A curator in response to my identity-politics-themed works: “You really can’t make work like this, I mean once Kara Walker had done it, nobody else can touch these themes.” — Narcissister

Narcissister. Photo: Pier Marco Tacca/Getty Images

My mother: “If you have to be an artist, at least marry a doctor lawyer or architect so you can live off of their income.” — Marina Abramovic

This idea “you can’t trust anyone” is always bad advice. People want to help one another. — Raúl de Nieves

A “friend” told me: “You need to capitalize on this attention right now because your work doesn’t really have any substance.” — Kayode Ojo

People have told me to stop being a perfectionist and make more work, more quickly. This is not bad advice in theory, but it does not work for me. — Frank Benson

A gallerist said I should stop using paint straight from the tube. — Claire Milbrath

Did anyone ever give you “permission” to be an artist?

Absolutely no one. — Marilyn Minter

Marilyn Minter. Photo: Vivien Killilea/Getty Images for Visionary Women

Everyone who never let permission dictate their own vision of success. — Jordan Casteel

My seventh-grade English teacher Mrs. Gonzales. She could see early on that my artwork was my security, my identity, so she provided me with safe a space to create in her classroom before and after school. — Deborah Roberts

No one gave me permission, I’m just good at being poor, idealistic, and solipsistic. — Jayson Musson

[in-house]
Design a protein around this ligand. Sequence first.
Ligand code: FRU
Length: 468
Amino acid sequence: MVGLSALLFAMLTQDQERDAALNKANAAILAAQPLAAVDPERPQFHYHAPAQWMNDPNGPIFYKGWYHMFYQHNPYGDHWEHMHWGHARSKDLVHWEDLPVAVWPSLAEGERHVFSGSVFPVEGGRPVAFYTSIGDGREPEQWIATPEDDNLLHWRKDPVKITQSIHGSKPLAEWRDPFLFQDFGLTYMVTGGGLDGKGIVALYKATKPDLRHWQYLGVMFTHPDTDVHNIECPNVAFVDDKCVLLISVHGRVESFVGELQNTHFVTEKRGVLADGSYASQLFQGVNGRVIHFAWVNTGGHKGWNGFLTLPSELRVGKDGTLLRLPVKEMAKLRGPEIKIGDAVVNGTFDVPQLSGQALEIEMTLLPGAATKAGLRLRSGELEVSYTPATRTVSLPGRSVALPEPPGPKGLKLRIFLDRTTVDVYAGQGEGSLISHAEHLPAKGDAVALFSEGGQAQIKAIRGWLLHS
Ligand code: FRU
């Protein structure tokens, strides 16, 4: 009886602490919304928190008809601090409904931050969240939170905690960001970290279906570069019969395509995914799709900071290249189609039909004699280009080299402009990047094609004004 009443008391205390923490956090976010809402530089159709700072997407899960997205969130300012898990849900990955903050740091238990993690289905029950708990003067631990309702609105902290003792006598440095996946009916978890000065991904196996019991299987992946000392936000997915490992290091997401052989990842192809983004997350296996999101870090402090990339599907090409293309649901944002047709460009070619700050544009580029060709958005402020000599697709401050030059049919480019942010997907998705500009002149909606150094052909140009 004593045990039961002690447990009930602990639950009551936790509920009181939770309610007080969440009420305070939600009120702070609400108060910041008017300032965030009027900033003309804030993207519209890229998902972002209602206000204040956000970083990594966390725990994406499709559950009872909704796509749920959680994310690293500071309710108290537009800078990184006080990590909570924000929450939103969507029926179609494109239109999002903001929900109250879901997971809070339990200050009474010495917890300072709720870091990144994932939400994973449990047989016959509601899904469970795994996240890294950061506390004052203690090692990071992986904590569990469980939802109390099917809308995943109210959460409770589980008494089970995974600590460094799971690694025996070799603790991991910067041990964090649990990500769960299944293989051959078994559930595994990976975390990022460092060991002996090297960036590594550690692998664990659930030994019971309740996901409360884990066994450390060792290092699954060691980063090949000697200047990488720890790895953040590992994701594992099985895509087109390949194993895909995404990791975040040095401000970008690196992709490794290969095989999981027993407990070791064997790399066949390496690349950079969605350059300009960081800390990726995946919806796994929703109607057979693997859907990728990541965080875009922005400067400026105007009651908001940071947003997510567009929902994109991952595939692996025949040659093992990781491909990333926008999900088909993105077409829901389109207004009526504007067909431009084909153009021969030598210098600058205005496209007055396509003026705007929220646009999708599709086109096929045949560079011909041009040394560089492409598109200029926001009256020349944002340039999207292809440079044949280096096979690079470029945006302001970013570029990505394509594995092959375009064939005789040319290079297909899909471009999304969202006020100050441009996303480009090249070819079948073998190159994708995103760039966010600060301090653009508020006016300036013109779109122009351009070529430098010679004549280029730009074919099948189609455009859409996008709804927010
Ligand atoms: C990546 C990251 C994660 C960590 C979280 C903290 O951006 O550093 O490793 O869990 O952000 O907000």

My mom gave me permission by never asking me why or to defend the thing that I loved. I can’t imagine not having had that support. — Paul Sepuya

I fought against being an artist for a long time because I thought that it was impractical and that it would lead to a life of poverty. But when my daughter was young I noticed that I kept on getting up earlier and earlier to work in my makeshift studio in my house. I realized it was a habit that wasn’t going away, and I needed to take it more seriously. I guess I gave myself permission. — Simone Leigh

There wasn’t some romantic gates of heaven moment. It just took unlocking the mind and really saying it out loud, “I like making things.” — Tyler Mitchell

I think all artists are secretly waiting for permission to be an artist, even after they’re dead. I’m still waiting for it, myself. — John Waters

John Waters. Photo: Emma McIntyre/Getty Images for Hammer Museum

No one gave me permission to be an artist; it was a calling and I just listened to it. — Derrick Adams

God himself. — Marina Abramovic

Was there a moment when you felt like you’d made it?

The moment when I had my solo Brooklyn Museum show, I was like, “Okay, I’ve done something, because I’m here. There is a larger audience that wants to see my work.” — Mickalene Thomas

When I discovered the only person you need to please is yourself. — Maurizio Cattelan